NEW YORK (Reuters Breakingviews) - The National Rifle Association isn’t known for the subtlety of its messaging. But in recent months, the leading shill for America’s gun industry is sounding shriller than ever. That’s despite unprecedented support from Donald Trump, the first U.S. president to speak at its annual meeting in a generation. “You came through for me, and I am going to come through for you,” the commander-in-chief told the NRA’s top brass and members in Atlanta in April. “The eight-year assault on your Second Amendment freedoms has come to a crashing end.”
But something else has come to an end with Trump’s election: a bull market for the gun industry. Distress is evident across the sector, from the profit warnings of gunsmiths to the sliding stock prices and bankruptcies of outdoor retailers.
(See Breakingviews graphic: Trump pops the gun bubble tmsnrt.rs/2f5HUyn)
Trump is arguably the most NRA-friendly occupant of the Oval Office in decades. But that’s exactly the problem. His arrival precipitated a sharp slowdown in firearms sales, which had been on a tear since the United States elected Democrat Barack Obama as its first African-American president in 2008.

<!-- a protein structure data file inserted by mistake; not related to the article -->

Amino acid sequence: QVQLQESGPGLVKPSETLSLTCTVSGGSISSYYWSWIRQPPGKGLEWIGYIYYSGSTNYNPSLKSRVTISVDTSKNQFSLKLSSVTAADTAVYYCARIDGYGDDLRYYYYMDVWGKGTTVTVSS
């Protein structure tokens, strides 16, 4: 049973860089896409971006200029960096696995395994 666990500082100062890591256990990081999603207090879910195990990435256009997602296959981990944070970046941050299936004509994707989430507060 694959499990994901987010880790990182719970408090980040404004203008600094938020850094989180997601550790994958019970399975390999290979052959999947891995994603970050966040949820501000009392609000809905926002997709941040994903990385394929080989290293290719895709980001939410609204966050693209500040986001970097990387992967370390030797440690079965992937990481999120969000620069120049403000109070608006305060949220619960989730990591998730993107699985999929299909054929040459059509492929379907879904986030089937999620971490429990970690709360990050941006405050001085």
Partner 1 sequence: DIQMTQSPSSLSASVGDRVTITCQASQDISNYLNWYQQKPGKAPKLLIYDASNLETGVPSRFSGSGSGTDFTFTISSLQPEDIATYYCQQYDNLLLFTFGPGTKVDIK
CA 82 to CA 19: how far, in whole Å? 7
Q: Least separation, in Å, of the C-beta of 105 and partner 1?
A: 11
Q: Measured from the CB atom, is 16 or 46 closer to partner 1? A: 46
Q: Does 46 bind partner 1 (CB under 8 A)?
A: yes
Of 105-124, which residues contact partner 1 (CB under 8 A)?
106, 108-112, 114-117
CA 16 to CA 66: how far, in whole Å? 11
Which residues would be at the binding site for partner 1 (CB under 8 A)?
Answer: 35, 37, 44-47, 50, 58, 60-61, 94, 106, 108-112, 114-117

Christopher Killoy, chief executive of gunmaker Sturm Ruger, summarized the thinking when explaining his company’s 44 percent slide in EBITDA last quarter. “We just have to encourage our customer base to get back out to the range, blowing up some ammo, enjoy the sport and get back into the store ... to start buying a few more guns for fun, not just because you think they might be banned in the future.”
In other words, firearms buyers no longer fear the government anti-gun bogeyman, and it is hurting those in the business of selling weapons. The FBI says there were nearly 1.6 million fewer background checks conducted in the first eight months of 2017 than in the same period last year.
That still implies more guns have been sold already this year than in all of 2010. The neo-Nazi rallies in Charlottesville, Virginia last month and the associated violence may have provided at least a temporary boost, too – there were 4 percent more background checks in August than in the same month last year. But it’s nonetheless a calamity for America’s consumer-armaments complex.
Take last week’s quarterly earnings report from American Outdoor Brands. The Springfield, Massachusetts-based gunsmith used to be called Smith & Wesson. The company changed its name in January and started diversifying away from guns into other accoutrements of rugged outdoor pastimes. It recently acquired Bubba Blade, for instance, which makes knives for filleting fish.
What really stuck out in American Outdoor Brands’ numbers was its sharp financial decline. The company went from a $35 million profit a year ago to a $2 million loss in the three months to July. Sales plunged 38 percent. The balance sheet deteriorated, too. Cash fell from the preceding quarter by a third to $43 million, while total debt rose 11 percent to $240 million.